Don't install any more fonts than you need. It's a quick way to slow down your system.
Premiere DOES tell you the name of a missing font; you just need to know where to look. When you open a title with a missing font, a yellow exclamation point indicator will appear in the bottom right corner of the application pane. Double-click this, and it will give you a series of notifications about what font is missing and what it has been replaced with; make a note of this file. Close your title without changing anything, and close your project without saving it (obviously, save before you start this process). When Premiere is closed, install the missing font or fonts, and relaunch Premiere and reopen your project. When you open a title that previously had missing fonts, it will reassume its former font properties.
I made a quick video about this for CS4; same principle applies, though:
For some reason Colin the embedded video from YouTube didnt work with my Chrome borwser.
I tried it in IE and Firefox and it plays fine.
Here is the YouTube link if anyone is using Chrome.
I wish you had audio with it.
Its weird watching a video with no audio but thanks for the video.
Weird; just checked it in Chrome here, and it works OK. Maybe some sort of ad blocker installed?
Nobody wants to hear my voice anyway But maybe I'll do another recording for CS5 (that one's old--the version on CS4 was 4.1.0!) with a voice track. Hmm...
Thanks for the comment!
I am a big fan of using a font manager, like Extensis Suitcase, and have it working on boot up on my workstation.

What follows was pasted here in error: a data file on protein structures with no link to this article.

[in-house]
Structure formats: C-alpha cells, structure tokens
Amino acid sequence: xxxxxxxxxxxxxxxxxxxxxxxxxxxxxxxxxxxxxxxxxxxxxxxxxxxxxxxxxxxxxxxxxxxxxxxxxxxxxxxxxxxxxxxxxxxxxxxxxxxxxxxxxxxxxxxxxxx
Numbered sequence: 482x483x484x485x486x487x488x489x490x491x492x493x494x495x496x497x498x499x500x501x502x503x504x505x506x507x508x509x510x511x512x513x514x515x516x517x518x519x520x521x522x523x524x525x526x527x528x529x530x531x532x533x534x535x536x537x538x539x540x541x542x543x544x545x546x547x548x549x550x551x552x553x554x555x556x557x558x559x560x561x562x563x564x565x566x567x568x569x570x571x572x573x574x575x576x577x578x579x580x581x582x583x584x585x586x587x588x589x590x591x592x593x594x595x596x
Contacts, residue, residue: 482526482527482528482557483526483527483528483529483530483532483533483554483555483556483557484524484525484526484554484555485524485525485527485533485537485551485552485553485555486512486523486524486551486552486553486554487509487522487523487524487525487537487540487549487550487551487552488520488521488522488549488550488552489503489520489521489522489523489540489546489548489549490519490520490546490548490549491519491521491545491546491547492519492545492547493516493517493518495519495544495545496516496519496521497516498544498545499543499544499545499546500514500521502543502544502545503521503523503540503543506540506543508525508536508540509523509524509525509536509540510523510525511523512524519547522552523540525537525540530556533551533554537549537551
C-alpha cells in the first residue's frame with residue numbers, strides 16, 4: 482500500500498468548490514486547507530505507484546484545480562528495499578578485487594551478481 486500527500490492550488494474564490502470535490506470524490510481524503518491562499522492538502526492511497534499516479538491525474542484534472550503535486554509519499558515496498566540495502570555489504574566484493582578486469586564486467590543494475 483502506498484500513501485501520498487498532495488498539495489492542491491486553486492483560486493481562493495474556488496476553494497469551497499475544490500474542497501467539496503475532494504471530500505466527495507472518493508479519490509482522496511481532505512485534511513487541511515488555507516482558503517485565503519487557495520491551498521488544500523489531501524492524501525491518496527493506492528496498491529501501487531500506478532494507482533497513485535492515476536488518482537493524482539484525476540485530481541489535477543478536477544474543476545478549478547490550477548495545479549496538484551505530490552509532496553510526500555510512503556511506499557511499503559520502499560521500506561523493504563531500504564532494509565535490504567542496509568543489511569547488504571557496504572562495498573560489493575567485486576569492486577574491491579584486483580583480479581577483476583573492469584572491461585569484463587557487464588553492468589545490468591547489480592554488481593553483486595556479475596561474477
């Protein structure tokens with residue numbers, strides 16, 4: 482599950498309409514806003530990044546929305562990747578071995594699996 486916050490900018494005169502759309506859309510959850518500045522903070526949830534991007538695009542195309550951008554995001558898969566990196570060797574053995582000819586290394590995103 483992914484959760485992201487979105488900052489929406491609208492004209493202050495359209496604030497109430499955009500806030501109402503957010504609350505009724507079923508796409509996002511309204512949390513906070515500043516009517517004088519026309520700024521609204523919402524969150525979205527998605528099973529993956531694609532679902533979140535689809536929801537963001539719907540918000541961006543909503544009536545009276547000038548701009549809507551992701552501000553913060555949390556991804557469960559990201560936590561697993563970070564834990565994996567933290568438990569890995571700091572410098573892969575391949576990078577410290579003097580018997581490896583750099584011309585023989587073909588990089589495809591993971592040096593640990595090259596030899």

In general terms, I have about 900 fonts that are installed on boot up, and then folders of additional fonts (about 12,000), that I sort by client, and by Project, plus by font families and other criteria. When needed, I load those up.
In your case, as you do not know exactly which fonts are going to be required, I would look into a good font manager. At the worst, you can group your "extra" fonts into a special folder (inside the font manager), and then start making notes, and defining what you will "need."
I am with Colin on not unnecessarily loading a system up with fonts, but in your particular case, I think that placing those "legacy fonts" into a font manager's special folder, while you annotate, will not be that big a deal. You can Copy them to say a series of folders: PS_Fonts, TT_Fonts, OTF_Fonts, etc., and use the font manager to handle them - once for your testing, and then via special folders for when you do need them.
I figured out why Chrome was not working for me.
I have my monitors set at 1920 x 1080 so everything is small.
I have used Ctrl + to make the page zoom in and larger.
When I do that for some reason my Chrome browser does not like the embedded video.
When I zoom back to the normal size it works fine.
Although it should work zoomed in.
At least I know why it wasn't working now.